When, back in the 1930s, novelist Jean Giono set about working on the first French translation of Moby-Dick, he and his collaborator Lucien Jacques were mulling over approaches to the project when their ideal methodology suddenly appeared before them like a revelation. “The matter was settled,” Giono explains, “when we realized that Melville himself was handing us the principles that would guide our work. ‘There are some enterprises,’ he says, ‘in which a careful disorderliness is the true method.’” This statement of purpose both matched their own sensibility and fit the character of Melville’s text; from there on out, the work was all smooth sailing. “Everything seemed to be settled in advance,” Giono recounts, “and there was nothing left to do but let things take their course.” This careful disorderliness which Giono and Jacques found in Moby-Dick is, as has been often remarked, one of the book’s central features. In his 1947 study of Melville, Call Me Ishmael, Charles Olson explains that Moby-Dick “was two books written between February, 1850 and August, 1851. The first book did not contain Ahab. It may not, except incidentally, have contained Moby-Dick.” Olson’s point is that between an early, nearly completed version of the book and the final volume, Melville, fueled by his intensive reading of Shakespeare, was given the tools to rewrite the work entirely, now replete with “madness, villainy, and evil.” But the multiplicity of Moby-Dick goes well beyond the initial voyage-of-a-whaler framework coupled with the Ahab story. What makes the book so perpetually thrilling is as much the hybrid nature of the work, a “disorderliness” that takes in disquisitions on the finer points of whaling, dramatic monologues, and polyphonic collages of voices, as it is the mad captain’s metaphysical quest. This methodical messiness, though, is not only the guiding principle of Moby-Dick and of Giono and Jacques’s translation of that novel. It is also the springboard for any number of works that take Melville’s life and writing as their subject. In both critical studies like Olson’s and more imaginative works of fiction, writers who have made it their business to struggle with Melville’s legacy have often taken hybridity as their method. It’s as if the example of Moby-Dick has freed them from the constraints of a simple monolithic approach, whether that be a linear narrative or a straightforward work of criticism. One of the first of these odd reckonings with Melville remains among the oddest. After Giono and Jacques completed their translation of Moby-Dick, their publisher asked Giono to contribute a preface. Instead, he ended up writing a new book altogether, Melville: A Novel, a fictional account of the author’s life which was issued as a separate volume (and is now being reprinted in a new English translation by New York Review Books). In this short work, originally published in 1941, Giono follows a largely ahistorical Melville as he takes a trip to London to deliver his latest book, White-Jacket, to his publisher. Left with two weeks to kill in the dreary English capital, Melville instead departs for the countryside, where he is constantly hounded by an angel that appears to him and goads him on to write a real book, which is to say Moby-Dick. Melville is helped along in this goal by the appearance of a beautiful woman, the completely fabricated Adelina White, with whom he shares a mail-coach and carries on a chaste affair. As they ride through the countryside, Melville puts into words the landscapes they pass for Adelina’s benefit, and through his poetic voice, makes nature immediate for his companion in a way it hasn’t been before. This is some romantic stuff to be sure, and Giono goes all in on the power of the poet (Melville) to transform reality: “He made her come to life, no longer as a woman sitting beside a man on the top deck of the Bristol Mail, but as an absolute ruler of the weathers: he had made her come alive in her own domain.” This exalted view of Melville’s poetic mission is one that Giono emphasizes throughout the work, both in lyrical narrative passages like the woodland jaunt and in more reflective moments in which Melville’s angel appears as a stand-in in for the author’s own conflicted feelings about his literary mission. But what makes Giono’s book such an enjoyable read is the wide range of other modes that he employs and which grant the work a richness and scope that pay ample tribute to the book it references. Among the memorable passages are humorous set pieces (as when Melville goes to a second-hand shop to outfit himself for his country outing), odd surreal details (a crown of thorns that the young writer puts on and that leaves a tiny part of his head perpetually soft and sticky), and interpolated bits of literary criticism. Giono adopts this last mode in particular to wax poetic on the American literary project. “[Melville is] an American democrat,” he writes. “He’s part of that democracy whose praises Whitman will sing later on, starting with the second poem in his Leaves of Grass.” Easy enough for a French writer (especially one with a romantic turn of mind) to be enamored of American democracy and the literature it produces. Sometimes, though, it takes a native to bring a more critical eye to the proceedings. In Call Me Ishmael, his study, Olson takes up the challenge. Rather than conflating Melville and Whitman as Giono does, he pointedly differentiates the two. “Whitman we have called our greatest voice because he gave us hope,” he writes. “Melville is the truer man. He lived intensely his people’s wrong, their guilt.” In fact, Olson’s critical study is filled throughout with reflections on Melville’s conflicted take on the American project. Alongside the positive example of the Pequod, that democratic microcosm of the country, Olson shows us, sit the brute economic facts of the voyage as well as the understanding that the men’s mission is to overtake and destroy nature. In presenting his reading of Melville’s life and work, Olson organizes his chapters into neat thematic sections, but he then complicates this orderliness by drawing on any number of outside texts and prose styles. Alternating intensive critical analysis with anecdote and interpolation, switching up academic prose with neat poetical formulation, Olson achieves a carefully controlled disorderliness that enriches our understanding of his subject. If part of Olson’s project is to analyze Ahab’s monomaniacal quest to conquer space, then Olson, like Melville before him, counters with a polyphonic range of voices and approaches that shows up that quest for the narrow gesture that it is. For all their hybrid gestures, though, Giono’s book is essentially a novel, while Olson’s work is clearly a critical study. It took the work of another writer, the American Paul Metcalf, to strike a middle ground between the two genres. In his 1965 book, Genoa, Metcalf, who was Melville’s great grandson, makes his ancestor’s words the very engine of the narrative. Largely plotless, the book follows Michael Mills, non-practicing doctor, as he holes up in his attic while his wife is off at work, obsessively poring over the collected works of Melville, as well as writings about Christopher Columbus and anatomy textbooks. Ever since, as a child, he and his brother, Carl, discovered an old copy of Typee while playing in a haunted house, he’s been obsessed by the writer, and his mind is trained to dial up an appropriate quotation from Melville for every situation he encounters. Michael’s mind, in fact, is where most of the action takes place in Genoa, and Metcalf makes us privy to the workings of that consciousness as we follow along with him in his attic. Michael’s critical musings, which often range intertextually between all his various sources, are both enlightening and dangerously obsessive. In one passage, Michael will expertly compare Columbus and Melville, outlining the ways in which both the explorer’s decision to go west instead of to Africa and Melville’s decision to send Ahab east instead of on the customary westward voyage “did more violence, perhaps, than all the wars that followed” simply by their geographic dislocations. But then the obsessiveness will take over and he’ll mash all his texts together in a way that seems more maddening than instructive, as when he compares Ahab’s quest for the whale with not only Columbus’s quest for land but with a sperm’s journey towards the egg. Hovering over everything that Michael does is the memory of his brother. Carl, whose story takes over the narrative in the book’s second half, lived an adventurous life, which culminated first in his being the victim of war crimes in China and his kidnapping and murdering a child back stateside, a crime which led to his execution. By the time we learn the details of Carl’s life, though, Metcalf has fully instructed us in the bloody history of the United States, dating back to the introduction of Europeans to the western hemisphere and carrying on through America’s new manifest destiny of nautical imperialism. Thus, when Michael narrates his brother’s murderous pursuits, we’ve already been given a larger context in which to understand them. If at first the connection between all these threads is simply implied, Michael eventually makes them explicit. “Perhaps like Ishmael on board the Pequod,” he muses, “[Carl] was hunting back toward the beginnings of things; and, like the voyage of the Pequod—or of any of the various caravels of Columbus that stuck fierce weather returning from the Indies—perhaps Carl’s eastward voyage, his voyage ‘home’, was disastrous.” Presiding over these musings, though, is a critical figure and authorial stand-in who cuts a more-or-less ridiculous figure. A doctor who refuses to practice, a man hobbled by a troublesome club-foot, Michael neglects his household duties to pore uselessly over his texts. He is powerless to maintain order in his own home as his kids run amok while he hides in the attic. If Olson represents the stable, authoritative critic, then Michael Mills is a far more doubtful one, highly intelligent and knowledgeable about his material, but cursed by an immoderate mind that makes his conclusions less than trustworthy. As do Giono and Olson, Metcalf allows his narrator’s fevered brain plenty of space in which to operate, but, by making him an essentially absurd individual, Metcalf pointedly undercuts his authority. If Michael’s occasionally stirring insights mark Genoa as a valuable work of criticism, then the framing of those insights as coming from a highly dubious character make it just as much an expert work of fiction. So too with Melville: A Novel, which combines a personalized reading of its subject’s oeuvre with an imaginative account of his life, even if here the author’s concerns tip far more towards the fanciful. Image: Wikimedia
Mike Scalise begins his illness memoir, The Brand New Catastrophe, by reflecting on the art of storytelling: “Telling a good catastrophe anecdote,” he writes, “means becoming a maestro of sympathy. People’s reactions to these kinds of stories usually involve some defense mechanism…As the teller of the anecdote…this is the wrong place to be.” Because the storyteller wants to avoid, above all else, appearing pitiable, he must find different ways to engage the listener. “The trick to keeping them engaged,” Scalise explains, “is to focus on the oddities and ironies that would seem incredible and ridiculous in any context, not just that of your disaster.” Putting his cards on the table from the start, Scalise not only challenges us to judge his book according to his own criteria, but asks us to consider the conventions of the genre he is writing in and what purpose -- both positive and negative -- these serve. As Scalise realizes, it is almost impossible to write a contemporary illness memoir, a genre whose arc of sickness-to-health has been exhaustively traced in hundreds of books, without this kind of reflexivity. As such, he keeps these meta musings going throughout the narrative, questioning the way in which he tells his own story and why. The first thing to note is that Scalise lives up wholly to his own criteria. In relating the story of his pituitary tumor -- which stimulates an excessive degree of growth hormone and then bursts, leaving him unable to produce any -- Scalise takes on a gently self-mocking tone coupled with a penchant for relating humorous incidents. His reaction to the possibility of part of his buttocks being inserted into his brain (“Take it from my ass. I want my ass in my head.”) or his dry telling of a disastrous interview he conducted with a rock singer are exactly the type of “oddities and ironies” that make his book both so engaging and free of the self-pitying tone he advised tellers of catastrophe anecdotes to avoid. But beyond simply providing a rubric for how to read his novel, Scalise is obsessed with narrative. Part of the arc he traces in his book is the shift in the way he tells his story to the many curious people he meets. He first develops a taste for this kind of self-revelation when, after a high school swimming accident, a false rumor spreads that he has died. Because he is, in fact, very much alive, it seems to his classmates that he has come back from the dead and he is called on frequently to speak about his accident, an experience he comes to greatly enjoy. “I was just a conduit for an accident narrative,” he writes, “and filled a need for redemption that many in my high school longed to experience. What surprised me was how electric it felt to be that conduit.” With that revelation, he is off and running and so, when he comes down with the pituitary tumor, he revels in his ability to one-up anyone else’s conversation with his own narrative. At a party shortly after his diagnosis, for example, he responds to a woman’s question about what he does by saying, “I walk into Brooklyn emergency rooms with super crazy brain tumors that explode in my head” before hijacking the party with his story. In this, he aligns himself with many other writers of illness narratives who understand that, although their disease may be horrible, it also confers a sense of uniqueness and individuality on the sufferer, at least temporarily. In Lucy Grealy’s 1994 memoir Autobiography of a Face, the narrator comes down with a tumor in her jaw at the age of 9 which causes half of her face to become collapsed; leaving her with a striking facial difference for which her schoolmates mock her. Although the whole experience is traumatic for Lucy, she comes to take a defiant pride in her situation. Narrating a birthday party that she worked at as a teen, she writes “while the eyes of these perfectly formed children swiftly and deftly bored into the deepest part of me, the glances from their parents provided me with an exotic sense of power as I watched them inexpertly pretend not to notice me.” Later, when she starts reading Russian novels, she further embraces her outsider status, looking down on her classmates with a “perfectly calibrated air of disinterest.” Similarly, Sarah Manguso, in her 2008 memoir, The Two Kinds of Decay, experiences a sense of superiority because of her long bout with the autoimmune disease, chronic inflammatory demyelinating polyradiculoneuropathy. “When a friend or stranger mentioned anything about a difficult or noteworthy event,” she writes, “I chose one of the countless hospital visits from recent memory and told the little story in a way that prevented further conversation about it or any other subject.” Scalise isn’t quite so brutal with himself, but he does come to realize the limits of the narrative impulse. As the disease goes on and he accustoms himself to living with it, it no longer seems so necessary to tell everyone about it. When, at a party many years after his diagnosis, a guest tells him about his sick cousin, Scalise begins to tell his own story and, ignoring his own prescriptions about the catastrophe anecdote, he tells it flatly, almost perfunctorily. Reflecting on his own lingering need to narrate, he writes “in my mind I was shoving forward the parts of my pituitary tumor’s tale that made me special…I wanted to replace whatever meaning I feared people projected onto me when they saw my face, my eyes, my hands.” After years of defining himself solely by his illness, however, the appeal wears off and he begins adjusting to his new life as a person who just happens to be ill. If defining ourselves by our disease is one of the principal traps for the reflective sufferer, then a different narrative snare awaits the illness memoirist: tracing a too-neat trajectory that leads the narrator from sickness to health and a triumphant ending. One of the reasons why contemporary illness memoirs, with Scalise’s as a prominent example, take on a meta aspect, is because, at this late date, everyone is hyperaware of the dangers of an easy arc that gives false reassurance to the reader. Grealy touches on this need when she realizes that the simple narrative of her finding her true face after many surgeries is misleading, and she finds freedom in that revelation. But it is Manguso who most complicates this need for easy coherence. Manguso is careful to insist upon her story’s adherence to convention. At the end of the book, she declares, “This is the usual sort of book about illness. Someone gets sick, someone gets well” before noting that “most people consider their suffering a widely applicable model, and I am not an exception.” But it is impossible to take her at her word. While the bare facts of her story do lead from sickness to a tentative health, Manguso is intimately concerned with the ways in which we disarrange our own narratives. “How long was I sick?” she wonders late in the book. She responds by noting that her first symptoms appeared on March 26, 1995, but that, before that, she had had a head cold for weeks which had probably triggered her disease. She had refused to give in to that head cold, allowing it to linger, held slightly at bay, because her choir was giving a performance and she was supposed to be signing a Gregorio Allegri setting from 1630. “But that story,” she writes, “began in the seventeenth century, before Mozart was even born. So when did I first get sick?” As Manguso realizes, no narrative is self-contained because everything is related to everything else. Although she is forced to provide a shape to her story, she chooses a fragmented one, built on a series of a short chapters that are often little more than short anecdote. Scalise gives his story a more traditional form, but he understands just as much as Manguso the importance of complicating his own narrative. “In the early days,” he writes late in the book, “I endured a disaster, then moved on to tell the tale of it. I made it mine, or at least appeared to. Now I was unmoored and tentative, divorced from that time, part of me glad and bidding it good riddance, but another, louder part of me wishing…that I could return to my lovely tenure under its full influence.” Here as elsewhere, Scalise suggests that the real illness narrative is not about overcoming the initial onslaught of the sickness, but about how to live on in its aftermath, having to define yourself as existing, at long last, apart from the mere fact of your disease.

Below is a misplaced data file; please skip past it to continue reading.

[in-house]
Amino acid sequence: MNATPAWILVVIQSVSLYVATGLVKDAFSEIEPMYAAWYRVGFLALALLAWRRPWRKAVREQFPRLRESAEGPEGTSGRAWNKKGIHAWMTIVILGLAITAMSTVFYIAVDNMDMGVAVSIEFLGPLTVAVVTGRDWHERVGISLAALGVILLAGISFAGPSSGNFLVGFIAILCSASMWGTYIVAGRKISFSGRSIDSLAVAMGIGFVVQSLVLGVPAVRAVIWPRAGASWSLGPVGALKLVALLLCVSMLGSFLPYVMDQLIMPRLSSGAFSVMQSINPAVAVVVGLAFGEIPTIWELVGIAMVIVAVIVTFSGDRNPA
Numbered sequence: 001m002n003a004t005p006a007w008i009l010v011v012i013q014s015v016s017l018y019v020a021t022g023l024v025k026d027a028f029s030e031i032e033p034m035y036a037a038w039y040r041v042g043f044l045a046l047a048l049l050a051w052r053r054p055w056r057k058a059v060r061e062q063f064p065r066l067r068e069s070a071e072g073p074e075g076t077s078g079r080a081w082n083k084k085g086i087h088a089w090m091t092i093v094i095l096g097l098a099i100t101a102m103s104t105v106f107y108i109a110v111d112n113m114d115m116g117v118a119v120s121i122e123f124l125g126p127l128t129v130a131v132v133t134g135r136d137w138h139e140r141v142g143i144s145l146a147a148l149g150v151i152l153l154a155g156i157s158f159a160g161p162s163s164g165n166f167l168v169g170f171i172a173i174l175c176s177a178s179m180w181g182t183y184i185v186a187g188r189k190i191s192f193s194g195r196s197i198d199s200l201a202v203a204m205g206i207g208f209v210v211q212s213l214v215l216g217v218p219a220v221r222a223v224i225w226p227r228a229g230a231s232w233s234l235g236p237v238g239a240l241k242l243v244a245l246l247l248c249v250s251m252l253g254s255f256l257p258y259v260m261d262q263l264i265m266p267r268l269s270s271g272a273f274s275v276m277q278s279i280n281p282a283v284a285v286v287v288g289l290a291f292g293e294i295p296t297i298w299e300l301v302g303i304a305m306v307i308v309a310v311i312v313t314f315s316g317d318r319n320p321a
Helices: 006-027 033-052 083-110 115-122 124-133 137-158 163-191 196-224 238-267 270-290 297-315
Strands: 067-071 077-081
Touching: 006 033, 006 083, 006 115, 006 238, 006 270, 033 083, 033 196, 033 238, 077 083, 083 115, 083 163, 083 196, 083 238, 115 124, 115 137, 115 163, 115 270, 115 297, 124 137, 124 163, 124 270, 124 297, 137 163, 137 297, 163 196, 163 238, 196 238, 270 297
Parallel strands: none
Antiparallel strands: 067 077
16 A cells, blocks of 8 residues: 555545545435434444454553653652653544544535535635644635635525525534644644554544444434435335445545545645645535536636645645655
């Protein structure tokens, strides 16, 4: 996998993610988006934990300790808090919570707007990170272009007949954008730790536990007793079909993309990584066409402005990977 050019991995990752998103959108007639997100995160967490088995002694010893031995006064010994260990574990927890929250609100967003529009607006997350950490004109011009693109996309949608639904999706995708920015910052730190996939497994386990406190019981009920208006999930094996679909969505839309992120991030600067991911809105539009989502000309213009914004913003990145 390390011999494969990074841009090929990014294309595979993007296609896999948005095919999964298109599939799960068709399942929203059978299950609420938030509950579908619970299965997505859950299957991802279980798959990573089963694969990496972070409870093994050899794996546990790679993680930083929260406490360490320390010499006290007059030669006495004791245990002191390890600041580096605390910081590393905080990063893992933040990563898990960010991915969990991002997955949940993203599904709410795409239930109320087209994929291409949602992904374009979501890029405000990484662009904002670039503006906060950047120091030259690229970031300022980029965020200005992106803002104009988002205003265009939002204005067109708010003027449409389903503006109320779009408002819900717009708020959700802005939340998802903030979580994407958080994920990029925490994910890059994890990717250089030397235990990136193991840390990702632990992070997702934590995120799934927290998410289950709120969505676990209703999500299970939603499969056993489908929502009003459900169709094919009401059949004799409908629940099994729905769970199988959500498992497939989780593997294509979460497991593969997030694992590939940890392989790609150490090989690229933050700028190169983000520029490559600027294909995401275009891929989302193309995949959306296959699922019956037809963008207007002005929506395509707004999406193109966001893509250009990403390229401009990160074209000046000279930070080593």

Angela Palm is obsessed with metaphor. Or: Angela Palm is obsessed with finding meaning. In the end, do they amount to the same thing? In Riverine: A Memoir from Anywhere but Here, Palm’s memoir about her upbringing in rustic Indiana and her subsequent post-rural life, she deploys a veritable gallery of lyrical comparisons, probing every possible detail for some sort of larger significance. Here, for example, is the author reflecting on the destiny of a childhood friend: Bifurcation comes to mind when I think of Corey. As in the division of the common carotid artery. As in the shape made by the branching of the Kankakee River and the Illinois River. As in me going one way and Corey going another. As in the way people lose themselves, splitting further and further from their origins. As in the roots of hosta shoots, separated by mutation or by force. At work in this passage and in the book as a whole is a mind that can’t help but see everything as somehow connected, as intrinsically meaningful. And isn’t this, after all, what all writers -- all humans -- do? Is that not how we come to understand the unknown, grasping the unfathomable by comparison with what is familiar to us? If Riverine is, in this sense, mining the territory familiar to any coming-of-age narrative, then it stands out both by the relentlessness with which the comparative mind of the author works and by her willingness to question her own metaphor-making tendency. From the start, Palm draws on a rich, imaginative vein to not only give a sense of the place in which she grew up, but of the ways that her childhood self viewed that place. She recalls staring at a map when she was a girl and seeing two pink dots representing the town in which she technically lived and the town whose name, by a quirk of the postal system, appeared on her mailing address. Obsessed by the yellow space on the map in between the two dots, the young Angela has her mom drive her out to the no-man’s land, only to find it is the familiar territory of her everyday life -- that they have barely moved any distance from their house. From this, Palm conceives of herself as living in the “fringes”, not only not belonging to either town, but neither fully connected to nor fully distanced from the geography of her childhood. “Filled with this new view,” she writes, “I knew that I was neither sort, but instead some half-breed spawn of both worlds and alien to both.” Where Palm lives in the first section of the book, comprising the earliest years of her life, is on the banks of the Kankakee River, in the middle of a floodplain. Vividly evoking this liminal space, subject to perennial overflow from the river and isolated from her more prosperous classmates who live properly in town, Palm suggests that geography may well be destiny. Like the Kankakee River returning to its plan from its pre-19th-century rerouting, only to flood Palm’s childhood home, the inhabitants of the author’s neighborhood seem unable to escape the circumstances of their land’s harsh geography. Generally poor and socially immobile, the community is fixed in its position both by the unfavorable land and the economic circumstances that keep it tied to that land. Among those neighbors of the young Angela is Corey, a boy three years older than she who lives next door. Childhood playmates, the two skirt a romantic and sexual involvement as they grow into their teenage years, one that never quite manifests but remains as a tantalizing what-if. This what-if becomes the stuff of pained contemplation for Palm when Corey is sentenced to life in prison for killing an elderly couple. But as Palm is quick to point out, Corey was not wholly to blame for the murders, his path having been set by a life of poverty and a series of petty crimes for which his lowly social status had not allowed him to escape harsh justice. “If Corey hadn’t spent four of his formative years in juvenile detention centers for crimes that rich kids had been let off for,” Palm wonders, “would it have gone this far?” How much of a person’s course in life is determined by their geography, by the circumstances of his or her upbringing, and how much is that person in charge of shaping his or her own destiny? This is where the stakes of Palm’s metaphor-making take on a more serious import. If we understand everything as metaphor, if everything can be slotted into a pre-ordained meaning, then we are left with very little freedom as individuals, entrusted with almost no responsibility for our actions. As such, Palm continually struggles against her natural comparative tendency and, in so doing, provides much of the tension of the book’s later sections. Talking about an old boyfriend, for example, she writes, “Greg worked as an excavator, rearranging the terrain. I liked his job as a metaphor” before quickly acknowledging that metaphor isn’t enough to sustain their relationship and that they were always completely incompatible. The dangers of seeing everything as metaphor, of adhering to strict notions of geography, become much greater when Palm finally gets around to considering her own path in contrast with that of Corey. Although they grew up in the same environment, subject to the same flood patterns of the Kankakee, their lives took on very different trajectories. Palm moved to Vermont, married, had kids, and became a writer while Corey remained confined to an Indiana prison. While both these new environments had their effects on the two childhood friends, Angela’s semi-rural Vermont home opening up her world as Corey’s prison home constricted his, Palm ultimately recognizes that a person’s life is not simply a product of his or her environment, not understandable by simple recourse to metaphors of rivers and flat plains, but something autonomous and unpredictable. “In some ways, he was made by where we were from and who he was from,” Palm concludes after visiting Corey in jail. “But he had also made bad choices. And by his word, he’d never valued his own future enough to make better ones.” But then after coming to this conclusion, she tracks backward, introducing yet another metaphor, one that seems to retip the balance toward environmental determinism: “People, especially young ones, are malleable. Like wet sediment. Guided by whatever kind of banks have lined their river, by what has held them.” Endlessly searching for ways to understand the world around her, Palm by turns reaches for and rejects her surest tool for bringing clarification to her life. By struggling against her own tendencies to impose arbitrary meaning while still searching for and locating that meaning, she does the hard work of essaying. As such Riverine stands as a bold reckoning with not only an individual’s past and present but with the very apparatus of truth-making itself.